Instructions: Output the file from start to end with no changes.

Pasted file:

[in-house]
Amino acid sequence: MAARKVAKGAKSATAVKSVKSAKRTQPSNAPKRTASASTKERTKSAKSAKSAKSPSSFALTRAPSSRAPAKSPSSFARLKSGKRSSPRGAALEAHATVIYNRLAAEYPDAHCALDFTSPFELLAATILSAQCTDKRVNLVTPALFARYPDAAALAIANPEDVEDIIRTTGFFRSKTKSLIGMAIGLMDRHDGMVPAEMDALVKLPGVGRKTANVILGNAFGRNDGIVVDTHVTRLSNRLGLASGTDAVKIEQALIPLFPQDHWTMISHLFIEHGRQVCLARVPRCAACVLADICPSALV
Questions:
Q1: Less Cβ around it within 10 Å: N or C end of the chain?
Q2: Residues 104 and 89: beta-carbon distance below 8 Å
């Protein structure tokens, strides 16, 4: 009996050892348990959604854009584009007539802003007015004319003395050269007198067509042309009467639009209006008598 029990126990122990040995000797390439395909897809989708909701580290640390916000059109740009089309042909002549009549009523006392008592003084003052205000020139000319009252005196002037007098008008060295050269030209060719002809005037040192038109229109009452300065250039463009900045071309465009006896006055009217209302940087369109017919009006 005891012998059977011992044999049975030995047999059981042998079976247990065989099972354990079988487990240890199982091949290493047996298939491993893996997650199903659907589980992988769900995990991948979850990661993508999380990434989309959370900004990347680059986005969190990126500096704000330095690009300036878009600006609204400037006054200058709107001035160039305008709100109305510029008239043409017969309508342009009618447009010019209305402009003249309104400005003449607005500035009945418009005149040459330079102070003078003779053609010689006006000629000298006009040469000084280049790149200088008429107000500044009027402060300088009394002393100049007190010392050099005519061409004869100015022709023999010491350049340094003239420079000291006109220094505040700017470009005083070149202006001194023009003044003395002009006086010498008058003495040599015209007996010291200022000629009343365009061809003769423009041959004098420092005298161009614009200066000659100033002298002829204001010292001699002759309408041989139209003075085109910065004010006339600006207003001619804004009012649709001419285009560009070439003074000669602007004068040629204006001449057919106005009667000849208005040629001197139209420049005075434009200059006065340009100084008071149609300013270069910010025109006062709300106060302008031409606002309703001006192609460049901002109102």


[in-house]
Amino acid sequence: MAARKVAKGAKSATAVKSVKSAKRTQPSNAPKRTASASTKERTKSAKSAKSAKSPSSFALTRAPSSRAPAKSPSSFARLKSGKRSSPRGAALEAHATVIYNRLAAEYPDAHCALDFTSPFELLAATILSAQCTDKRVNLVTPALFARYPDAAALAIANPEDVEDIIRTTGFFRSKTKSLIGMAIGLMDRHDGMVPAEMDALVKLPGVGRKTANVILGNAFGRNDGIVVDTHVTRLSNRLGLASGTDAVKIEQALIPLFPQDHWTMISHLFIEHGRQVCLARVPRCAACVLADICPSALV
Questions:
Q1: Less Cβ around it within 10 Å: N or C end of the chain?
Q2: Residues 104 and 89: beta-carbon distance below 8 Å
């Protein structure tokens, strides 16, 4: 009996050892348990959604854009584009007539802003007015004319003395050269007198067509042309009467639009209006008598 029990126990122990040995000797390439395909897809989708909701580290640390916000059109740009089309042909002549009549009523006392008592003084003052205000020139000319009252005196002037007098008008060295050269030209060719002809005037040192038109229109009452300065250039463009900045071309465009006896006055009217209302940087369109017919009006 005891012998059977011992044999049975030995047999059981042998079976247990065989099972354990079988487990240890199982091949290493047996298939491993893996997650199903659907589980992988769900995990991948979850990661993508999380990434989309959370900004990347680059986005969190990126500096704000330095690009300036878009600006609204400037006054200058709107001035160039305008709100109305510029008239043409017969309508342009009618447009010019209305402009003249309104400005003449607005500035009945418009005149040459330079102070003078003779053609010689006006000629000298006009040469000084280049790149200088008429107000500044009027402060300088009394002393100049007190010392050099005519061409004869100015022709023999010491350049340094003239420079000291006109220094505040700017470009005083070149202006001194023009003044003395002009006086010498008058003495040599015209007996010291200022000629009343365009061809003769423009041959004098420092005298161009614009200066000659100033002298002829204001010292001699002759309408041989139209003075085109910065004010006339600006207003001619804004009012649709001419285009560009070439003074000669602007004068040629204006001449057919106005009667000849208005040629001197139209420049005075434009200059006065340009100084008071149609300013270069910010025109006062709300106060302008031409606002309703001006192609460049901002109102």